This article will appear in a community newspaper this week.
Difficult circumstances have a way of robbing us of our life and energy. Recent months have brought some almost unbelievable economic conditions, particularly in our local economy. These difficulties are eating away at people’s hope. We face the prospect of losing jobs (if you have not lost it already), losing homes (if you have not lost it already), losing health coverage (if you had it), and losing life savings (however little it may have been). It is a difficult time, to be sure. It is at times like these that we should think about what life is really supposed to be about.
We live in America and most Americans have bought into the hope of the American dream. We think that we would be satisfied if only we have a better job with a bigger paycheck, or a slightly bigger house on a bigger lot somewhere, or a newer car, or a bigger flat-screen television. But will these things really satisfy?
Jesus once told a story about a man who had a lot of stuff. He was a very rich man. One year, his business did particularly well. In fact, it did so well that his warehouses were not big enough to store everything he had. So he tore down those warehouses and built bigger ones and said to himself, “Take life easy, eat, drink, and be merry.”
And then he died and faced God’s judgment of his life.
And what good did his money do him? He had left it all behind (Luke 12:15–21).
When Jesus told this story, he was not condemning the rich and he was not exalting the poor. Jesus had an entirely different point. He put it this way: “Watch out! Be on your guard against all kinds of greed; a man’s life does not consist in the abundance of his possessions” (Luke 12:15). Jesus was trying to get people to see that there is something far more important than money, houses, and businesses, and that is God himself. Life is ultimately about God. When we die, we will all answer to him for how we have lived, and all our possessions cannot help us then because we will have left them behind.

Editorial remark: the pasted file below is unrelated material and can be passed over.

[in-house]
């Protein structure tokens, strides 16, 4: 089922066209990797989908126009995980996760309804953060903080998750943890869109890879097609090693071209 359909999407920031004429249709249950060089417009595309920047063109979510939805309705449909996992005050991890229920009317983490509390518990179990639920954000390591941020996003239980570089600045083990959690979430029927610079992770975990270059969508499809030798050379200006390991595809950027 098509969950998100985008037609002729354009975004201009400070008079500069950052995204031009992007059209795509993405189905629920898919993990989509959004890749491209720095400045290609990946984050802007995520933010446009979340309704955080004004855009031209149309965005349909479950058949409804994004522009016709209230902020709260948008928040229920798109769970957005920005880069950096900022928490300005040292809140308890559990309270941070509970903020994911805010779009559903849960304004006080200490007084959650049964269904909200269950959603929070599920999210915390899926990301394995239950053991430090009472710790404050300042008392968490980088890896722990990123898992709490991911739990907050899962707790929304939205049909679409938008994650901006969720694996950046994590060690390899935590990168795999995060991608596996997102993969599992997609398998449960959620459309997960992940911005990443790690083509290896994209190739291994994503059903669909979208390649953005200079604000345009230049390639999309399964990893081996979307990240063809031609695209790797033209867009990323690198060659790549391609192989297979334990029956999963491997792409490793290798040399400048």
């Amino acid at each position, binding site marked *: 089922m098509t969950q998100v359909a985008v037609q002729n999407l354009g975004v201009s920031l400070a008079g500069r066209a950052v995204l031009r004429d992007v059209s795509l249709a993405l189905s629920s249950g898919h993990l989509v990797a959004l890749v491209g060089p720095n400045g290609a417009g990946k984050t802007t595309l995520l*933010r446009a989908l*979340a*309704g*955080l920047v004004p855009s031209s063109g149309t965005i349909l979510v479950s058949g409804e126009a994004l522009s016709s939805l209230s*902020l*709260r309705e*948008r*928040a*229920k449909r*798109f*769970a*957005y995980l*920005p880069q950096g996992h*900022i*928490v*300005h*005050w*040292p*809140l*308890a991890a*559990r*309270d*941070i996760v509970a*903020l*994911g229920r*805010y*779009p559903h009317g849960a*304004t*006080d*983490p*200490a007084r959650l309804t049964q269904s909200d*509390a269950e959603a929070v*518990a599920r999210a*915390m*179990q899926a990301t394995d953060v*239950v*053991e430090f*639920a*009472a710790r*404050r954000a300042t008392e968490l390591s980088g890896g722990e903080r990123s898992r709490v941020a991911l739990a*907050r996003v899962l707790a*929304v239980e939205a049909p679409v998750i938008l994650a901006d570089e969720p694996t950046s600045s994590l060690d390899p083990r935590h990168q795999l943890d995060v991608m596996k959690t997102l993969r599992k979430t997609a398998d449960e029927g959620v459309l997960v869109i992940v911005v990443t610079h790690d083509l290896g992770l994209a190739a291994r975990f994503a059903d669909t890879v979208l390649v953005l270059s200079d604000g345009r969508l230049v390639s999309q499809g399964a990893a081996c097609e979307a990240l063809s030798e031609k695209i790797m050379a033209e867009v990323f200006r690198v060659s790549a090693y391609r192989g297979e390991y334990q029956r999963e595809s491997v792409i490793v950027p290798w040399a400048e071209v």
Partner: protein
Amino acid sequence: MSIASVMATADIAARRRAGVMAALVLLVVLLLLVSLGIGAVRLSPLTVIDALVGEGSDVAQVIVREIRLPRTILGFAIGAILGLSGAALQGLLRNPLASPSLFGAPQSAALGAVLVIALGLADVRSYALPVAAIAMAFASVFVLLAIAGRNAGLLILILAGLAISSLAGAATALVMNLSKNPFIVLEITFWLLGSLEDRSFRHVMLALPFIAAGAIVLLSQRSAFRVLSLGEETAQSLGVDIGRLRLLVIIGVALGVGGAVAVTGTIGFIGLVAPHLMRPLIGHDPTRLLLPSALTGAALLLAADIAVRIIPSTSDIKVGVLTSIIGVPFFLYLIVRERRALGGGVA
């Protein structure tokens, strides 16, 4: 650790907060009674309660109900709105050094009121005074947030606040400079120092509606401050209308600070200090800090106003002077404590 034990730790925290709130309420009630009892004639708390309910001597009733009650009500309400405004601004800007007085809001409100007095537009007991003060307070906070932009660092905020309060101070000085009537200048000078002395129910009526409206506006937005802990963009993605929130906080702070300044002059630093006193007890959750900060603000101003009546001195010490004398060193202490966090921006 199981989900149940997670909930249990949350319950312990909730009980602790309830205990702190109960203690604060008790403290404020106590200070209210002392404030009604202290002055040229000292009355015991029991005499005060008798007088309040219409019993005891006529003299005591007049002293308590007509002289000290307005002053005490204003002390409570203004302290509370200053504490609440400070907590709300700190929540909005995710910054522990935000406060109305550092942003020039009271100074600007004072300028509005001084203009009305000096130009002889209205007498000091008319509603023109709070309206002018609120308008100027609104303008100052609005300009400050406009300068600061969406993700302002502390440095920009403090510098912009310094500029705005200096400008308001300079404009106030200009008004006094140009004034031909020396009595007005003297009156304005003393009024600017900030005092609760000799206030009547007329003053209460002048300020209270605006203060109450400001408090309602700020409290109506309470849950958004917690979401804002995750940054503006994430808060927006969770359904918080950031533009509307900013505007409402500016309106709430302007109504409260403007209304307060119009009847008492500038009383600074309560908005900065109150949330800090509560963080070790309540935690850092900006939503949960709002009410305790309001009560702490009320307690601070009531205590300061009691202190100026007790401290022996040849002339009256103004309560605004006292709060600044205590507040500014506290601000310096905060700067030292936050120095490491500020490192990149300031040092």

When Jesus walked on earth, his life on earth was not about gaining possessions, surviving in difficult economic times, or making sure he got his piece of the pie. The apostle Paul described Jesus’ life this way: “Though He was rich, yet for your sake He became poor, so that you through His poverty might become rich” (2 Corinthians 8:9). The riches that Jesus offers to us cannot be measured in the dollars of your paycheck, the square footage of your house, or the size of your pension. Jesus offers riches that can only be measured in terms of eternal life in heaven.
The riches of heaven are closed to us because of our sin against God. But Jesus has opened heaven back up to us by living the perfect life that you should have lived and dying the death that you should have died.
Your money cannot buy these riches for you. You do not have enough. Your good works cannot earn you these riches. You are not good enough. Only Jesus is good enough, and he came to share his riches with us by dying for us. He promises that if you will turn to him and trust in him for salvation from sin, he will give you all the riches of heaven to worship and serve him for all eternity.
These are the only kind of riches that can bring true satisfaction. You will not find it on this earth. But the riches that Jesus alone gives will last far longer and bring far more satisfaction than anything this earth has to offer. And that is what gives us hope for living.